Morning sickness

Congratulations on your pregnancy! As you begin on your journey, you’ll be faced with multiple challenges, one of the earliest being morning sickness.

What is morning sickness? 
Morning sickness is a common condition where you experience nausea, vomiting or both during your pregnancy. While the name suggests it only happens in the morning, that’s actually not true—morning sickness can happen at any time of the day1
The good news about morning sickness is it doesn’t harm your unborn child. The bad news is it can be very uncomfortable for you. It is perfectly normal, though, except in extreme circumstances where a pregnant woman suffers dehydration and nutrient deficiency because of too much vomiting. 

How to deal with morning sickness
If you’re experiencing morning sickness, here are some things you can do to help alleviate the discomfort: 

Things to do in the morning:

  • Don’t get up too fast. You need to give yourself time to get up in the morning. It might help if you set your alarm earlier than the time you intend to get up so your body can adjust2.
  • Make sure you always have something in your stomach. Keep crackers, cereal and other snacks handy so you can immediately put something in your stomach as soon as you wake up3

Things to do throughout the day:

  • As is the case in the morning, make sure you don’t leave your stomach empty throughout the day. Eat small, frequent meals throughout the day and whenever you’re feeling sick until you’re feeling better. The reason behind small, frequent meals is of a hormonal nature: progesterone slows your digestion, which can then make you feel nauseated.
  • For the same reason, you should drink fluids half an hour before or after meals—but never with your meals. This keeps your stomach from being too full, therefore reducing your urge to vomit3
  • Try the BRATT diet: bananas, rice, applesauce, toast and tea. These are low in fat and easier for your stomach to digest1.
  • Have a wide range of food at hand to prepare for your changing cravings throughout the day.
  • Make sure to hydrate enough during the day. Doctors recommend 6-8 glasses of water, but you may also have ice cubes, dry ginger ale or flat lemonade. Just remember not to drink too much at once, and drink between meals and not with meals4!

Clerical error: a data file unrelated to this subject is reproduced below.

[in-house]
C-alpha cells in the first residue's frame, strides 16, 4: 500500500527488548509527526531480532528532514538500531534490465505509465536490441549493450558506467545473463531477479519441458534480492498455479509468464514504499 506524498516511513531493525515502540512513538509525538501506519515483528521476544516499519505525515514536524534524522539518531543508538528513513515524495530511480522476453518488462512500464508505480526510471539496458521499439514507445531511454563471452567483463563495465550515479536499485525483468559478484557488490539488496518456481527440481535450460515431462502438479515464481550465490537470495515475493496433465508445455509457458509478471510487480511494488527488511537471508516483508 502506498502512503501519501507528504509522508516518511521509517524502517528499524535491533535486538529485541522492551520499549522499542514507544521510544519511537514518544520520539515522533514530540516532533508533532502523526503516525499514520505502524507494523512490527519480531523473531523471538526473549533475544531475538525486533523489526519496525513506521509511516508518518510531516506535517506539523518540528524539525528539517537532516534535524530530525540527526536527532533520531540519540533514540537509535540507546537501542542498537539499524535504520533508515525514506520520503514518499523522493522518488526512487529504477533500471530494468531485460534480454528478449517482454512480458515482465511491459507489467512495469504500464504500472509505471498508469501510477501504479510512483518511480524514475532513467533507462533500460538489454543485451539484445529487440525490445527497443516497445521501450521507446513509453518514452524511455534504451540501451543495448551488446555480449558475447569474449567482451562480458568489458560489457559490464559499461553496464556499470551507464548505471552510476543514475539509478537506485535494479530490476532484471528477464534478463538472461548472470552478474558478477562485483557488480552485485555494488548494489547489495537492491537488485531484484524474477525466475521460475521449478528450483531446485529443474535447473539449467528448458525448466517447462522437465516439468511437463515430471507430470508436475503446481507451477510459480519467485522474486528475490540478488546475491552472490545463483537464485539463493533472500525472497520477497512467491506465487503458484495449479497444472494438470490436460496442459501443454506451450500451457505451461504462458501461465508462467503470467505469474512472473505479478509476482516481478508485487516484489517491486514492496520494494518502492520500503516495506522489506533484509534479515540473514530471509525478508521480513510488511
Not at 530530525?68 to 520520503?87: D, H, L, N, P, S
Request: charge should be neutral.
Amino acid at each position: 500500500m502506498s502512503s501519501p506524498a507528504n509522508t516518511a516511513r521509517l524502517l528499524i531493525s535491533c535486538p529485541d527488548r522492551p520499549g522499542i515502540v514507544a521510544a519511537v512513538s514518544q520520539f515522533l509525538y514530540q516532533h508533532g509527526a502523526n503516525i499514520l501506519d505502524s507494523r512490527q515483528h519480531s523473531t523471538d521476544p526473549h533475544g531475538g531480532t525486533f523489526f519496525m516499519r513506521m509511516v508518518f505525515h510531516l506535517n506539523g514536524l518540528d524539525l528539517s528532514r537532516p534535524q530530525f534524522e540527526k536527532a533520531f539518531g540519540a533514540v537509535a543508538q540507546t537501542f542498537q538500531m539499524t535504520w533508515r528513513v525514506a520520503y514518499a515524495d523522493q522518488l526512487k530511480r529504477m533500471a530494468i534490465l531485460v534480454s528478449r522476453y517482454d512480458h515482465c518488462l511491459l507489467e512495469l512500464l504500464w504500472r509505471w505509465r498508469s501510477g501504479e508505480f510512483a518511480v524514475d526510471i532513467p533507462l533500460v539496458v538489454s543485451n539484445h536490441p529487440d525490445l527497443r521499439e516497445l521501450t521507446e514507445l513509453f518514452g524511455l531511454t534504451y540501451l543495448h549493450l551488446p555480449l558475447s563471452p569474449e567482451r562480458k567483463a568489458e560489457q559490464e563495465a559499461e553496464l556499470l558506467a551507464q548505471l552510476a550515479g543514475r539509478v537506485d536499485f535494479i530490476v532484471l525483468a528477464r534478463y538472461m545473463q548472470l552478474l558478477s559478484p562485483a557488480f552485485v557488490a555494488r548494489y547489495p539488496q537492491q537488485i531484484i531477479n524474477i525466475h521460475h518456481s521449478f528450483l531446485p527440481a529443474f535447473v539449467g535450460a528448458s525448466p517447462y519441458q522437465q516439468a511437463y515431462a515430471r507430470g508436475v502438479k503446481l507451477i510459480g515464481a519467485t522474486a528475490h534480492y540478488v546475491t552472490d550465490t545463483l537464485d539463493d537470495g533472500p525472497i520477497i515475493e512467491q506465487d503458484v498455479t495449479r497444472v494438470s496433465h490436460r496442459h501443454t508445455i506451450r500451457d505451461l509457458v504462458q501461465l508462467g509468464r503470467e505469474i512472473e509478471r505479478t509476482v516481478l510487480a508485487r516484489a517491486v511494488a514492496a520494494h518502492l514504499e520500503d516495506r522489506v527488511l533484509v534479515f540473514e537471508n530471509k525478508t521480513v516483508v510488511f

• Also remember to keep yourself hydrated enough if you are vomiting a lot. You might want to consult your ob-gyn for a rehydration solution to help make sure you’re not dehydrated. 
  • Stay away from smells and avoid food that makes your nausea worse.
  • Stay in cool places—warm areas may make you feel more nauseated3.

At night:

  • Don’t eat spicy or greasy food! You’ll have to stick to milder flavors—even bland food—that do not have strong odor. 
  • Make sure to rest early. You need to get as much rest as possible throughout your pregnancy, but especially in the first few months. But don’t sleep right after eating a meal—this can make morning sickness worse when you wake up3!

When should you go to a doctor?
While morning sickness is perfectly normal in a pregnancy, there are instances that call for a visit to your doctor. Go see your doctor if you are: 

  • Vomiting too much and you have very dark urine, and/or if you have not passed urine in over six hours
  • You can’t keep fluids or food down for 24 hours
  • You feel dizzy or faint, especially when you stand up
  • You’re losing weight
  • You experience abdominal pain5
  • Your heartbeat is too fast / you feel your heartbeat racing or pounding1
  • You still have severe morning sickness by your fourth month3

You’ll have to find the right combination of food and drinks, vitamins and lifestyle changes to help manage your morning sickness effectively, but these tips help in managing the symptoms so you can continue functioning daily without nausea and vomiting getting in the way—and you and your child can stay healthy until the next trimester of your pregnancy. 

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1 “Morning Sickness: Nausea and Vomiting of Pregnancy.” The American College of Obstetricians and Gynecologists. Accessed September 10, 2020.
2 “Morning Sickness Remedies.” American Pregnancy Association. Accessed September 12, 2020.
3 “Common pregnancy complaints.” Public Health Agency of Canada—Government of Canada. Accessed September 12, 2020. 
4 “Morning Sickness.” Health Direct. Accessed September 12, 2020. 
5 “Vomiting and morning sickness in pregnancy.” NHS. Accessed September 12, 2020.